'Educating the Enemy': How the U.S Educated the Children of Nazis and Mexicans during Cold War
New book compares the education given to children of Nazis and Mexican Americans in Texas after World War Two.
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Between 1946 and 1947, a group of leading Nazi scientists and their families relocated to El Paso, Texas, as part of the military program called Operation Paperclip, in order to work on missile development during the height of the Cold War with the U.S.S.R.
The 144 children of this Nazi scientists were bused daily from a military outpost to four El Paso public schools. Though born into a fascist enemy nation, the German children were quickly integrated into the schools and, by proxy, American society. Their rapid assimilation offered evidence that American public schools played a vital role in ensuring the victory of democracy over fascism.
In a new book, 'Educating the Enemy: Teaching Nazis and Mexicans in the Cold War Borderlands', Jonna Perrillo, associate professor of English education at the University of Texas at El Paso, not only tells this fascinating story of Cold War educational policy (including how the U.S. used these children as propaganda tools) but she draws an important contrast with another, much more numerous population of children in the El Paso public schools: Mexican Americans.
Like everywhere else in the Southwest, Mexican American children in El Paso were segregated into “Mexican” schools, where the children received a vastly different educational experience. Not only were they penalized for speaking Spanish—the only language all but a few spoke due to segregation—they were tracked for low-wage and low-prestige careers, with limited opportunities for economic success.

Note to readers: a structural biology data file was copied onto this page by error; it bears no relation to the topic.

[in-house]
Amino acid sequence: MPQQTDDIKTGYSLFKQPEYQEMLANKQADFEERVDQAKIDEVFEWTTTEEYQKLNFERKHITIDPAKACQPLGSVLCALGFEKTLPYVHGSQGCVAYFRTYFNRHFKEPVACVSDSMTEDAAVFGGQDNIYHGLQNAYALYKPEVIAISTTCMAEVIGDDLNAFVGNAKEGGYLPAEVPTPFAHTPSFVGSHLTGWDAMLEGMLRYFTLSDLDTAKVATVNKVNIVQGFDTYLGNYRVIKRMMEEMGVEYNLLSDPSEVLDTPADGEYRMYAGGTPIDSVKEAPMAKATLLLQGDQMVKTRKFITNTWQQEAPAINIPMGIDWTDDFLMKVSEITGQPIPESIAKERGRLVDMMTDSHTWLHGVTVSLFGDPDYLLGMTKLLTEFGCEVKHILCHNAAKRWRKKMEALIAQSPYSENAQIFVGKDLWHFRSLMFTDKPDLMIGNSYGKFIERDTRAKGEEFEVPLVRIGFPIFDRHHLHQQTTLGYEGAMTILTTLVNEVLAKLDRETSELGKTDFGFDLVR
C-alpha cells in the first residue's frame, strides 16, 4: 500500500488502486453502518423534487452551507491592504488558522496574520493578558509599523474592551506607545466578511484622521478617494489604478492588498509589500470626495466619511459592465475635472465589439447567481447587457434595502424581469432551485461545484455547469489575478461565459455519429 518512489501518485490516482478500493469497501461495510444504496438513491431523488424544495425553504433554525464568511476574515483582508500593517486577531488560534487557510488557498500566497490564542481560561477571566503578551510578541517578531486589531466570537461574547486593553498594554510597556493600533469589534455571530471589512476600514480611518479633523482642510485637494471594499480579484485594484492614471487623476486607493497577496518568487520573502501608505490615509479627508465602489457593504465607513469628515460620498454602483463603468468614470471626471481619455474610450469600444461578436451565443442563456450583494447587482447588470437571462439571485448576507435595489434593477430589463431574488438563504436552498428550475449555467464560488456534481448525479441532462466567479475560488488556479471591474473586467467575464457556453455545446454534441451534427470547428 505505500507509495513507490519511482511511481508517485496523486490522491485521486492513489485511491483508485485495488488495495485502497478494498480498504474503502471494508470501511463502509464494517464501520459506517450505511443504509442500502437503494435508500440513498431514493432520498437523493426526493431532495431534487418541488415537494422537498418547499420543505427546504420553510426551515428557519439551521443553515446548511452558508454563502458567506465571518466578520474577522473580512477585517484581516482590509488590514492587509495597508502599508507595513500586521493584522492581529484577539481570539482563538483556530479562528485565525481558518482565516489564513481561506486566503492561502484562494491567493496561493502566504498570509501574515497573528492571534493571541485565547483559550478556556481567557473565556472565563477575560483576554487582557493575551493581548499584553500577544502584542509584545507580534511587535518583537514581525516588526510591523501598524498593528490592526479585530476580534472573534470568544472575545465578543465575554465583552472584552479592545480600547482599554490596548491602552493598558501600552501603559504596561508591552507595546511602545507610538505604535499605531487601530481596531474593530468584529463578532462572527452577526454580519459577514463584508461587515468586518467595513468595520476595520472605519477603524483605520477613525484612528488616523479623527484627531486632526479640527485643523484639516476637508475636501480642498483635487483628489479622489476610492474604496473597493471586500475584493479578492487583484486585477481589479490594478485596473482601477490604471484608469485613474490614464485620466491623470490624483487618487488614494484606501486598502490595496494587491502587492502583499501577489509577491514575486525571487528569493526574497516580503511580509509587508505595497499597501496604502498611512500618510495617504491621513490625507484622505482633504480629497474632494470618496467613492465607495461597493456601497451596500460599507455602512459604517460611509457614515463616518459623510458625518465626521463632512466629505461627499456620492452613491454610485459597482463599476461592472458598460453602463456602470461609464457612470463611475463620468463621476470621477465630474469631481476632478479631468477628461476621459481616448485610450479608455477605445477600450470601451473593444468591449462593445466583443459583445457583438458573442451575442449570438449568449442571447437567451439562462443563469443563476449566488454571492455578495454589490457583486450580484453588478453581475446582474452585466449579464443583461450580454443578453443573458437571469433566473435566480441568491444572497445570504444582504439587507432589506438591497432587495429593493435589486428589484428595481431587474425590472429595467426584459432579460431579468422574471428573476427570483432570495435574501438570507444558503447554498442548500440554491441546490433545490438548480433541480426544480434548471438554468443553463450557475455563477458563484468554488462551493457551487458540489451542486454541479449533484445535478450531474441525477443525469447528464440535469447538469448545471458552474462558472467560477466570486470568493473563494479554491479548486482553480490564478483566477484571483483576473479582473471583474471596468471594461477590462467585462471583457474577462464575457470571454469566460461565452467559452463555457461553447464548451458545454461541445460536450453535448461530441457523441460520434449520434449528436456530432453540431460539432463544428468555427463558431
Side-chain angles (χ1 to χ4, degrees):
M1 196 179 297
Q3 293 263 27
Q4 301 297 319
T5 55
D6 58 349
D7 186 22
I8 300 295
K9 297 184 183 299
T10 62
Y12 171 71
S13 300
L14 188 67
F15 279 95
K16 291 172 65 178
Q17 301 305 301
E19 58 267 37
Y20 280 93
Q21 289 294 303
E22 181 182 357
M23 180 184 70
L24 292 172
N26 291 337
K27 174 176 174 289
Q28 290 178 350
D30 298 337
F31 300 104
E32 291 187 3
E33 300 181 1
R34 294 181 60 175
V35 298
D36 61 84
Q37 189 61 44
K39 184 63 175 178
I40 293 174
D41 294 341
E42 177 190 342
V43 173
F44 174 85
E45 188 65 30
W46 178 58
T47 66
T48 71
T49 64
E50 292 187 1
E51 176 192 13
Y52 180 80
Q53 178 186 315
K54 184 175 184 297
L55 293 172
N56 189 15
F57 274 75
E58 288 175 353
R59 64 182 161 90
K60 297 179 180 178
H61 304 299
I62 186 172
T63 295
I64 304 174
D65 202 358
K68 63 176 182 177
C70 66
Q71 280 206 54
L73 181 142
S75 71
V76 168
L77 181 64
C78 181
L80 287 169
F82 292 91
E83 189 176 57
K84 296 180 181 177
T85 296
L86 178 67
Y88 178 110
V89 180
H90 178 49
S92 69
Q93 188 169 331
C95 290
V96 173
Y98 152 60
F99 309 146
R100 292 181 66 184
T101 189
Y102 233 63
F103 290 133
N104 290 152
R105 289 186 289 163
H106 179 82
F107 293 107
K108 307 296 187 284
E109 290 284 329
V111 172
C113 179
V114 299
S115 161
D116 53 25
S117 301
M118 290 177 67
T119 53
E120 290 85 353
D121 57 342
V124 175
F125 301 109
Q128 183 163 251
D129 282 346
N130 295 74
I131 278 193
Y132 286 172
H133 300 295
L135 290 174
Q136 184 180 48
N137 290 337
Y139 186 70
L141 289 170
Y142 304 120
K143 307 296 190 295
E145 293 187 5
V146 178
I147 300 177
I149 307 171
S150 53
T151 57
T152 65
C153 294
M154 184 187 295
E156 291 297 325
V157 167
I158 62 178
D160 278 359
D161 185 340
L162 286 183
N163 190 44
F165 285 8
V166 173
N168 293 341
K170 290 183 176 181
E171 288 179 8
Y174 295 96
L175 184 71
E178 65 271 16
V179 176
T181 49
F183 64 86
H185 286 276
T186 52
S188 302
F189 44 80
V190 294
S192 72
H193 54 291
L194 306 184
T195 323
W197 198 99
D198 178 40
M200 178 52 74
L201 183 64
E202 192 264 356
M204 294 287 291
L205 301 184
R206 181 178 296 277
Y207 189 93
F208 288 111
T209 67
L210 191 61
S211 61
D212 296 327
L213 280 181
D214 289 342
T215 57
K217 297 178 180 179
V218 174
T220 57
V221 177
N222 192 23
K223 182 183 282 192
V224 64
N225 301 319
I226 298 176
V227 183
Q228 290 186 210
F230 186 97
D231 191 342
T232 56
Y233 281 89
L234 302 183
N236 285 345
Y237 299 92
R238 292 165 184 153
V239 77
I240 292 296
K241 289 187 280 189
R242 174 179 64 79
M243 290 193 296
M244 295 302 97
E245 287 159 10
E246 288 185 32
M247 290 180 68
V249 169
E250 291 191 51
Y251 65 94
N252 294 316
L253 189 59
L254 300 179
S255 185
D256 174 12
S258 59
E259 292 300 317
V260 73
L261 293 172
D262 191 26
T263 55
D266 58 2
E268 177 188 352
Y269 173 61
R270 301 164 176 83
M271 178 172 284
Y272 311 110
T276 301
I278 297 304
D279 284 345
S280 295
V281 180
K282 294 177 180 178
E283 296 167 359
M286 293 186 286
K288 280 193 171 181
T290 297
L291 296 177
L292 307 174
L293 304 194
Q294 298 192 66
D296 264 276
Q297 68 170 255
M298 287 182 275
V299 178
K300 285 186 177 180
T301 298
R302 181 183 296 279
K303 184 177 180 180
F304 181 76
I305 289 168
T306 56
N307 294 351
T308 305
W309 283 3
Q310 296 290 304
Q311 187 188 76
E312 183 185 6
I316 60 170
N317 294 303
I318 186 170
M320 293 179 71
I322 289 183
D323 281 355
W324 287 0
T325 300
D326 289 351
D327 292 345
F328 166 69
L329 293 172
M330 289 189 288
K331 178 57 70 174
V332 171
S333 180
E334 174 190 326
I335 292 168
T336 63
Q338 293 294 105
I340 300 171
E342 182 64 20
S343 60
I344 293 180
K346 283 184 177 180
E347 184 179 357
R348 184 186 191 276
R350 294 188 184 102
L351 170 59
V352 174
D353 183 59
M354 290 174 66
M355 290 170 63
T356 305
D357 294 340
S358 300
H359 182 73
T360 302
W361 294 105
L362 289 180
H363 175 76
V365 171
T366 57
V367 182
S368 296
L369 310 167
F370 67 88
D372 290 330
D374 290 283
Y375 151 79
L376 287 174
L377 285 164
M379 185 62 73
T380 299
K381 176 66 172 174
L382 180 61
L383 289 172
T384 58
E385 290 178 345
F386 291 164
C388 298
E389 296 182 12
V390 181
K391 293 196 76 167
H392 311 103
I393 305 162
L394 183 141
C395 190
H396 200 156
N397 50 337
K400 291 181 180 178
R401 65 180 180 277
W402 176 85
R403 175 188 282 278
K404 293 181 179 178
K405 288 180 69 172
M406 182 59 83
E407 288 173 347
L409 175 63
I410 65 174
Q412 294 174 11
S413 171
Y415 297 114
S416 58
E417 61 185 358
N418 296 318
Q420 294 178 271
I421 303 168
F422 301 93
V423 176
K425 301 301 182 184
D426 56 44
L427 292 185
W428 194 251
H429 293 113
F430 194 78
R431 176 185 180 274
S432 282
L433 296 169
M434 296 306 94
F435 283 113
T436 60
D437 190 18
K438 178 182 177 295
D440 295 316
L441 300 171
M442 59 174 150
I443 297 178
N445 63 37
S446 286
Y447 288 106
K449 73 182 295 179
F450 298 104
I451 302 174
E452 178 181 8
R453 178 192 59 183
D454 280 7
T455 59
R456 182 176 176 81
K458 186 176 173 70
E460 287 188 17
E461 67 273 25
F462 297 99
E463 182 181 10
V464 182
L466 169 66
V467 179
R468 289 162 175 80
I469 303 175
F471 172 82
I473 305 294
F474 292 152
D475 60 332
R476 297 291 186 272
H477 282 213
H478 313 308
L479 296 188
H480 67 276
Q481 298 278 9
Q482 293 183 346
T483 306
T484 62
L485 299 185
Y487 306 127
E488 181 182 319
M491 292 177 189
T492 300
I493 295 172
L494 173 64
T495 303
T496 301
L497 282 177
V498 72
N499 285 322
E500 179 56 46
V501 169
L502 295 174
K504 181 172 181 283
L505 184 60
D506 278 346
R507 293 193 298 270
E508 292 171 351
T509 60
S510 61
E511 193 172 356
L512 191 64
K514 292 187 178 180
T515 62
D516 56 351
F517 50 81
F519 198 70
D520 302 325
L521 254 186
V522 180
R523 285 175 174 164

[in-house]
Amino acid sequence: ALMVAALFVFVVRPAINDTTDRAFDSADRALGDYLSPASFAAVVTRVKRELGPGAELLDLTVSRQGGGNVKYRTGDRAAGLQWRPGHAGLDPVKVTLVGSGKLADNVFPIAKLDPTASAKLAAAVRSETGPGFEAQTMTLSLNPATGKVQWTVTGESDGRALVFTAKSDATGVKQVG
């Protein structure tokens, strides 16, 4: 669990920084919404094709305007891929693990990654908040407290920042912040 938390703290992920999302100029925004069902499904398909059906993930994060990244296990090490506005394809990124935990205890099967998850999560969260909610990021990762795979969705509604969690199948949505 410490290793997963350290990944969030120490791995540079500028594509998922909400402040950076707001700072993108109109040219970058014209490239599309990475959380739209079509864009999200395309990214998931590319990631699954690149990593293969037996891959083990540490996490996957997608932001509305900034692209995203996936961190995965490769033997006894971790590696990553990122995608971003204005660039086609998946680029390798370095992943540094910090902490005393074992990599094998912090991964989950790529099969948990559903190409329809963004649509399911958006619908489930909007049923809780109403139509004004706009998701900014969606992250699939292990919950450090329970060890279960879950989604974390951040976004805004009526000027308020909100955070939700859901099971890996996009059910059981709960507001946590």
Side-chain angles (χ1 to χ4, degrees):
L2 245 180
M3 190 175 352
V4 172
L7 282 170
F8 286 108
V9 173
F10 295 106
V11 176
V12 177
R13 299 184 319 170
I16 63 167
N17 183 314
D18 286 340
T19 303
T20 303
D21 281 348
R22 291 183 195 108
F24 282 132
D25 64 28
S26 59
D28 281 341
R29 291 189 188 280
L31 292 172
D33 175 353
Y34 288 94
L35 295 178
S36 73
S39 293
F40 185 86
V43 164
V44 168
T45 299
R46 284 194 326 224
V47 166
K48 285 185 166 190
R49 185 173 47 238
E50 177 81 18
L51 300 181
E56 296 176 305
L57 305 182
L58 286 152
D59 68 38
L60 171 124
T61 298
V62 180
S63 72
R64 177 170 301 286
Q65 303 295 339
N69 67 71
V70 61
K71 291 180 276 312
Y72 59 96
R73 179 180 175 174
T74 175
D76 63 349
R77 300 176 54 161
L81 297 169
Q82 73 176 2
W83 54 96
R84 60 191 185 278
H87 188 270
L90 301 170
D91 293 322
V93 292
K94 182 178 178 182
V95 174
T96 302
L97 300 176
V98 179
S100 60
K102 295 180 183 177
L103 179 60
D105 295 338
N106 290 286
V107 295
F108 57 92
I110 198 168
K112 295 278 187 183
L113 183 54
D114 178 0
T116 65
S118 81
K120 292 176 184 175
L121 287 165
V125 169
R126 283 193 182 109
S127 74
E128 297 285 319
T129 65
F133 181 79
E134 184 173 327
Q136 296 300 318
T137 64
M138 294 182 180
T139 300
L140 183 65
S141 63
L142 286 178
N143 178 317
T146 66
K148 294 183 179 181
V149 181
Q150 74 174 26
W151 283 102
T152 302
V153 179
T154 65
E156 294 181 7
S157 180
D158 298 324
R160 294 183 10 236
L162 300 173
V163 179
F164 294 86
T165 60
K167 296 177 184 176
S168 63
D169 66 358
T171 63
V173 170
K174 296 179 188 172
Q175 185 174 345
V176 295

As Perrillo explained in an interview with TIME magazine, The El Paso school system was over 60% Mexican American at the time—a majority of the city’s public school population. There were two kinds of schools in El Paso, and this was familiar nomenclature throughout the Southwest: what were called “American schools” and “Mexican schools.” American schools were schools to which white children were assigned; Mexican-American students were sent to Mexican schools. The German children were sent to American schools.
“America had a vested interest in assimilating the German students to testify to the ability of American public schools. But there wasn’t the same vested interest in assimilating Mexican-Americans and in educating them. The expectation was conveyed to them very early on that they were a drain, an economic burden, and kind of a social burden,”, Perrillo told TIME. At the same time, they were also seen as competitors; there was this underlying anxiety over these people that white Americans saw as inferior, but had the potential to take jobs from them. “This history is so important for us to understand because of the way in which, both historically and in contemporary life, we treat different groups of students fundamentally differently,” she concluded.
As their editors at University of Chicago put it, "'Educating the Enemy' charts what two groups of children—one that might have been considered the enemy, the other that was treated as such—reveal about the ways political assimilation has been treated by schools as an easier, more viable project than racial or ethnic assimilation."